This paper aims to provide a reflection on the other contributions to this special issue of IJPSM on the “employment implications of the outsourcing of public services to voluntary, not‐for‐profit organisations” in the light of more widely available discourses and evidence.
The paper, in line with the purpose, draws on relevant secondary sources, including those forming part of this special issue.
The provided analysis centrally concludes that, against the backcloth of growing competitive pressures and public expenditure cuts, there is a real threat of a general downward trend in the employment conditions of voluntary sector staff engaged in the delivery of outsourced public services that has the potential to adversely affect service quality.
There is a need for much more extensive research on how market‐based outsourcing is impacting on the work experiences of voluntary sector staff outside the area of social care and the implications that it has for the quality of service provision.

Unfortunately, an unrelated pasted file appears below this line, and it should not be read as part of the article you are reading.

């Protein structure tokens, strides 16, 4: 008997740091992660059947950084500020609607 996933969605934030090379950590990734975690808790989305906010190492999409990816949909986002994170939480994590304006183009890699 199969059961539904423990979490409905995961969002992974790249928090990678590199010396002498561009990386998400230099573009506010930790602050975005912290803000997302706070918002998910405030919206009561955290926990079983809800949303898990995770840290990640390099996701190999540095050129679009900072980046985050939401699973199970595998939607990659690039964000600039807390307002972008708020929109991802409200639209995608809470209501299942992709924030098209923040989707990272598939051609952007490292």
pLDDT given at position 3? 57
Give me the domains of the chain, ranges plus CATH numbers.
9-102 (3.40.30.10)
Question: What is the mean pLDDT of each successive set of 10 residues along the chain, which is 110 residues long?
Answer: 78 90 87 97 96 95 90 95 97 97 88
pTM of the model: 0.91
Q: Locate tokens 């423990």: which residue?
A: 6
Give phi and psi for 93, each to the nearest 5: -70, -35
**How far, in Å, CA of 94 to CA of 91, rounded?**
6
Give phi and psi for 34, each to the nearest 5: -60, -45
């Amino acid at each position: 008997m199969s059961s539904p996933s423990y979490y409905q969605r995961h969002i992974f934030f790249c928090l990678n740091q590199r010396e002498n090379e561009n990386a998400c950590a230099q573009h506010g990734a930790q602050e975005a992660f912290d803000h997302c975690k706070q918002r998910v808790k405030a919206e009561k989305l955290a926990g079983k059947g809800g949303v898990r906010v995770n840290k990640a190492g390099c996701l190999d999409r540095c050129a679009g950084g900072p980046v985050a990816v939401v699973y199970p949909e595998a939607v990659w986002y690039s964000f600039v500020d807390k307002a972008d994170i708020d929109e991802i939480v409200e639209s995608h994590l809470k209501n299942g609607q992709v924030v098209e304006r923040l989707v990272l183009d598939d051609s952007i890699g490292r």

The analysis draws attention to the need to consider further regulatory action to protect the terms and conditions of voluntary sector staff engaged in the delivery of outsourced public services.
The paper serves to highlight that, rather than improving the value for money of social care services, outsourcing has the potential to do the opposite by adversely impacting on the employment conditions of staff and hence the quality of services provided.
James, P. (2011), "Voluntary sector outsourcing: A reflection on employment‐related rationales, developments and outcomes", International Journal of Public Sector Management, Vol. 24 No. 7, pp. 684-693. https://doi.org/10.1108/09513551111172503
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